Brianna has never let age be a deterrent when it comes to advocating for climate change issues, and in 2009, at the age of 11, she became a founding member of 350 Samoa. Her youth has served as an advantage when speaking to her peers about the need to take urgent action on an issue that looms large in their lives, and she’s emerged as a voice of Pacific youth on climate change.

She reflects that “years ago, as a little girl, I would love the abundance and variety and color that the Pacific Ocean provided. As I grew older, I started to see a change in that variety, a change in color and a change in sea life. Changes in weather patterns are affecting our plantations and threatening our food security. The climate crisis is something we can’t stay quiet about. It threatens our very livelihoods and is very much our business!”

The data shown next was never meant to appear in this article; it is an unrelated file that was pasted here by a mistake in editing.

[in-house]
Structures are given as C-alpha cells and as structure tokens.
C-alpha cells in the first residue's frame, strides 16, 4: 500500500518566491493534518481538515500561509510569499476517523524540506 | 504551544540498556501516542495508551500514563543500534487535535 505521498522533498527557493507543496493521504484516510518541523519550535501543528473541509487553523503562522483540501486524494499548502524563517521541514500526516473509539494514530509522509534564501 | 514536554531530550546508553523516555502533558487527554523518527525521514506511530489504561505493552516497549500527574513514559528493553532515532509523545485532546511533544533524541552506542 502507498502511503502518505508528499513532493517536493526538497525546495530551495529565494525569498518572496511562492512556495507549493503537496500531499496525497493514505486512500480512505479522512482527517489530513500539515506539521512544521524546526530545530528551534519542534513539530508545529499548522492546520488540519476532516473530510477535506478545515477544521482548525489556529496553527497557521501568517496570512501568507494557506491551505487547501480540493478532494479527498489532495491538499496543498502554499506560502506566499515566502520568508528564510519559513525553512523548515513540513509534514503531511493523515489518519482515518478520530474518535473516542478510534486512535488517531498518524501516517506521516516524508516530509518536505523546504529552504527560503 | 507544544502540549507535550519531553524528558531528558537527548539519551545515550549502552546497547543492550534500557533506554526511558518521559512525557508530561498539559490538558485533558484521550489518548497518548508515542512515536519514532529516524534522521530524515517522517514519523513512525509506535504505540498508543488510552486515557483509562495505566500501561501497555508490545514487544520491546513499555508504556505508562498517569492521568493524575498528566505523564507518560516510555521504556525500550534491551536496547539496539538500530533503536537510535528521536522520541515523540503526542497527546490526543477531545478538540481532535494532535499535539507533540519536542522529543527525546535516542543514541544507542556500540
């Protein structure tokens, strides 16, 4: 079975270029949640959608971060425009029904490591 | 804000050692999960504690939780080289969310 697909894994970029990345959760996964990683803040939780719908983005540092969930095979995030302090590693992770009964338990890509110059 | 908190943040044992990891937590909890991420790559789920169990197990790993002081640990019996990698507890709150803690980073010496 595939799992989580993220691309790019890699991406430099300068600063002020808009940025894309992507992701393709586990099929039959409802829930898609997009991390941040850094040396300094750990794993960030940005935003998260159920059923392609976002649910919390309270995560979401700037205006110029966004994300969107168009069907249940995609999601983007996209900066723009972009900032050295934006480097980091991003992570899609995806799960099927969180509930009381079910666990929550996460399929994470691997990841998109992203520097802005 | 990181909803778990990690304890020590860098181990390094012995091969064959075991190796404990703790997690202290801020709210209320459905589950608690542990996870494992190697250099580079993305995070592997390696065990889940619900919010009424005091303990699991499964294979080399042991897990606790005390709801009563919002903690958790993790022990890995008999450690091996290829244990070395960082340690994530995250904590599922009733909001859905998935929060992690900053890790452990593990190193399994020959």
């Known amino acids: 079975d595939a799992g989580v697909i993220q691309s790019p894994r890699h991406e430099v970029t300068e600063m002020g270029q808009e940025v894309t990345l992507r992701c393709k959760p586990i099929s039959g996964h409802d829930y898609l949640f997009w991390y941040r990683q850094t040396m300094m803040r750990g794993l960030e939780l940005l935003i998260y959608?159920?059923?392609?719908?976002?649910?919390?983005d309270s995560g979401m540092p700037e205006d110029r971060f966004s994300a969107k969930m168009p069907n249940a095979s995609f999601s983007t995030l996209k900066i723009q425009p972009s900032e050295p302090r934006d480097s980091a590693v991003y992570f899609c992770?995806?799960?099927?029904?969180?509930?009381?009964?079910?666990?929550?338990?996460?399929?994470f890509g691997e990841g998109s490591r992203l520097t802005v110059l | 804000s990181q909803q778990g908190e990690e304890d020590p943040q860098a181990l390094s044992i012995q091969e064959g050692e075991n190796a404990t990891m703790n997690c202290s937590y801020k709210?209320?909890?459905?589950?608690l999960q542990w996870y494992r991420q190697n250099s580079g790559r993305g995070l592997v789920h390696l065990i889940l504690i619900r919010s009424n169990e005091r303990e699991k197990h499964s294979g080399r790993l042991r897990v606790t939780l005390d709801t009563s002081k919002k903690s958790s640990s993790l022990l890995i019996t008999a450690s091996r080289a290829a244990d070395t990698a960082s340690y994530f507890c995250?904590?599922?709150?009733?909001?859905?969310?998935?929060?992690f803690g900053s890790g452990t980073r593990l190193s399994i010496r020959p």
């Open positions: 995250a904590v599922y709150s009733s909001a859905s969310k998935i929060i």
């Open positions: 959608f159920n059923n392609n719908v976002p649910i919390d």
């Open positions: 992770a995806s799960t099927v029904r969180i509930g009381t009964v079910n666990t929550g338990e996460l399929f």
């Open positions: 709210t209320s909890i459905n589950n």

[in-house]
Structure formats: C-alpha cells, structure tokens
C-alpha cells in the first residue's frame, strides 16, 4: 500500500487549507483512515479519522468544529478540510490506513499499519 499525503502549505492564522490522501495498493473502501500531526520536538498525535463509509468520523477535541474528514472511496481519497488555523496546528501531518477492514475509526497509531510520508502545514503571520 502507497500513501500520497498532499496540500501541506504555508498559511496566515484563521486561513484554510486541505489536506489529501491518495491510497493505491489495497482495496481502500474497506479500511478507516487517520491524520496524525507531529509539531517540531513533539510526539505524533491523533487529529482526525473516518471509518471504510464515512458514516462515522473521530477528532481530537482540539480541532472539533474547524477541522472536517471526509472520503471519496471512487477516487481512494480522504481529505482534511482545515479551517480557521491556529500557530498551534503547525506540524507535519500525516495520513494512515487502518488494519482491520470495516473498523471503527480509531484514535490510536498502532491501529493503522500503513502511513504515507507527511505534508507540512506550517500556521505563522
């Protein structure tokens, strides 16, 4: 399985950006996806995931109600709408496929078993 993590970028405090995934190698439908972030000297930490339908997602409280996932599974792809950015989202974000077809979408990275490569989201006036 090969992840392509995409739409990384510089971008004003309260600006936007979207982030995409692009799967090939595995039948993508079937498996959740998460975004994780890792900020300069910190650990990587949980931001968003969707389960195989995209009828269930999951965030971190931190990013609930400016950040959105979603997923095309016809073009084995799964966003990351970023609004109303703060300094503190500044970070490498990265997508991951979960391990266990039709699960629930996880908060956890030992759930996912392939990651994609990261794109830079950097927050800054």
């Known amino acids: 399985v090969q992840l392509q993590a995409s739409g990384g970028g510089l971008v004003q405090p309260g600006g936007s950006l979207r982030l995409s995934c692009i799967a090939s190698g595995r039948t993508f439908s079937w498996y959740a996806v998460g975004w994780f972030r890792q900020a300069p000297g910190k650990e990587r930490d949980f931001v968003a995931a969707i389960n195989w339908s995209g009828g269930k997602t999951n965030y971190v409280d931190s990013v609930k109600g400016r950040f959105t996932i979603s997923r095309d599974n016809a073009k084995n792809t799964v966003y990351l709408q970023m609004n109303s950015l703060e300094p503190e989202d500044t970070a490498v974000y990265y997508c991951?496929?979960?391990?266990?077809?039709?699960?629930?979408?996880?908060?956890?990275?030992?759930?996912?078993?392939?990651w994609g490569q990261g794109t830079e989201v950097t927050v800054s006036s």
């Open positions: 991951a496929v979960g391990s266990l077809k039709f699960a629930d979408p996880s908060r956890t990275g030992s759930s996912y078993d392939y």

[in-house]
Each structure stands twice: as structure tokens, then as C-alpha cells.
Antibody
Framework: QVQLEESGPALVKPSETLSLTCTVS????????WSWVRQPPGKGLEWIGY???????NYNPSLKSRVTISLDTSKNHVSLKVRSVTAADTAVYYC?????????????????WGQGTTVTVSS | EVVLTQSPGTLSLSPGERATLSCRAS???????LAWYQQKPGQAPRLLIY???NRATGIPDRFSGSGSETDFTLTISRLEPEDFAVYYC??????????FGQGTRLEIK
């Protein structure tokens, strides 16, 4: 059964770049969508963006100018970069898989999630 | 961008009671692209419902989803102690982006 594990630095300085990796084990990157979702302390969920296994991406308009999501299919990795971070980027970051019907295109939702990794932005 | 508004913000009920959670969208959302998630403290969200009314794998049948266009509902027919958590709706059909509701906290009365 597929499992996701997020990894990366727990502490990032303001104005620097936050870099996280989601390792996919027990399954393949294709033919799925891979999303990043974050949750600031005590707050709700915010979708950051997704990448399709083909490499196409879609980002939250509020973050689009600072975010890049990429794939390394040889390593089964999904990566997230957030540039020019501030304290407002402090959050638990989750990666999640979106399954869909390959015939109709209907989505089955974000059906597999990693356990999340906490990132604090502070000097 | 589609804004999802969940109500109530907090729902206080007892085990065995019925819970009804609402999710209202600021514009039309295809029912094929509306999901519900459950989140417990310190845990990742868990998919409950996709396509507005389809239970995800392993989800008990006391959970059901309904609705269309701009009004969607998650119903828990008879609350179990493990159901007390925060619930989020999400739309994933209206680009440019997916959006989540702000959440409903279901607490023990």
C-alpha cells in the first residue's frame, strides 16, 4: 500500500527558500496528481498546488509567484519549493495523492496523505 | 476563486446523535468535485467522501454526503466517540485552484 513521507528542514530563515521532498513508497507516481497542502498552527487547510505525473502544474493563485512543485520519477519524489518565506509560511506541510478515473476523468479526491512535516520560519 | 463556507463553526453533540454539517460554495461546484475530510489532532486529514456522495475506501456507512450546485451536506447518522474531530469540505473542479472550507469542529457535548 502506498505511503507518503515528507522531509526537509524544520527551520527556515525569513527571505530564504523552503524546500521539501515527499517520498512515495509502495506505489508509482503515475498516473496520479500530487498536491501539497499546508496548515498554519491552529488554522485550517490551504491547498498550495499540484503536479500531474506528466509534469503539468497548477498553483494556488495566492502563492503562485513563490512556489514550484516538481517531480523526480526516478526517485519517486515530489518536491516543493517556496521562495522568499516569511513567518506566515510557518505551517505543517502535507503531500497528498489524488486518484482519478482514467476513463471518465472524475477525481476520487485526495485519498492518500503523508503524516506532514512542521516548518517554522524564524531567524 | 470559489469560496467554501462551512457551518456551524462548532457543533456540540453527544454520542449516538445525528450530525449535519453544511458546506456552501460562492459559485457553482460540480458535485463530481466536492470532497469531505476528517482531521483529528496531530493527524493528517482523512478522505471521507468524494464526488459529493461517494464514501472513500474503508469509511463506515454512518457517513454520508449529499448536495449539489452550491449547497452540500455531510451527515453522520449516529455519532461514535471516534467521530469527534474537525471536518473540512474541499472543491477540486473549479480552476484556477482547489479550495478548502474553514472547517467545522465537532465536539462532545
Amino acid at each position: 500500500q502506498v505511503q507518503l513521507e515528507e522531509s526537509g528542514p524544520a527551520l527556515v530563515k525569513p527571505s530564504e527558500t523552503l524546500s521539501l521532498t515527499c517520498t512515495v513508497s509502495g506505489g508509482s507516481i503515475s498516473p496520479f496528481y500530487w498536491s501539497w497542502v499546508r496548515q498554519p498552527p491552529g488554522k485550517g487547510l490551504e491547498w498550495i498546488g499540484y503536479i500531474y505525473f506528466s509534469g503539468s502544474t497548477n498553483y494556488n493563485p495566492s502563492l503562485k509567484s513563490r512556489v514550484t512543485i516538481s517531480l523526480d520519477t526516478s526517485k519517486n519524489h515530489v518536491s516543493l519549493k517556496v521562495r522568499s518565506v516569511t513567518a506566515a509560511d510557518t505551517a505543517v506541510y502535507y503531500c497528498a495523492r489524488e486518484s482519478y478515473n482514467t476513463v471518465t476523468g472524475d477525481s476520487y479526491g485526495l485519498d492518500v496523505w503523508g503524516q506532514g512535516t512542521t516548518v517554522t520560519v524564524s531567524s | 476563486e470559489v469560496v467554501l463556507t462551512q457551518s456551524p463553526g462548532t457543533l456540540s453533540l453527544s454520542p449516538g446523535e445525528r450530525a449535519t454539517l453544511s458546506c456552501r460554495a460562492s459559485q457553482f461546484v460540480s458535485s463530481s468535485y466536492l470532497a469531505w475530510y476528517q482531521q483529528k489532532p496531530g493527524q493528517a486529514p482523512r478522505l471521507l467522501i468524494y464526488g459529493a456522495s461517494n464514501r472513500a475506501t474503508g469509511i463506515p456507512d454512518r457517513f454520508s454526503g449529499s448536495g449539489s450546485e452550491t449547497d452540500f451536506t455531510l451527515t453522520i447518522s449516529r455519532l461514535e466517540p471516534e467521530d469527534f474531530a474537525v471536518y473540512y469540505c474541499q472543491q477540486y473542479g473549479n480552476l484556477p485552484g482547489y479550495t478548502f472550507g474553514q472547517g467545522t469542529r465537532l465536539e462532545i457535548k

Brianna sits on the Pacific Climate Warriors’ Council of Elders, which is a traditionally-inspired structure that acts to support and sustain the Warrior’s organizing. During Rise For Climate, the Pacific Climate Warriors lead 20 Pacific Pawa events around the region to build momentum for climate action. In Samoa, Brianna helped to run training days at local primary schools that are committed to transitioning to 100% Renewable energy.

She is also an important partner in 350 Australia’s current fight to stop the proposed Adani megamine in Australia, which would be one of the largest coal mines on the planet. In October last year, Brianna was part of the team that called 10,000 Pacific people in key electorates to call on their Members of Parliament to review Adani’s controversial approvals. 2019 will now see the largest number of Pacific people eligible to vote in Australia head to the polls for the Federal election.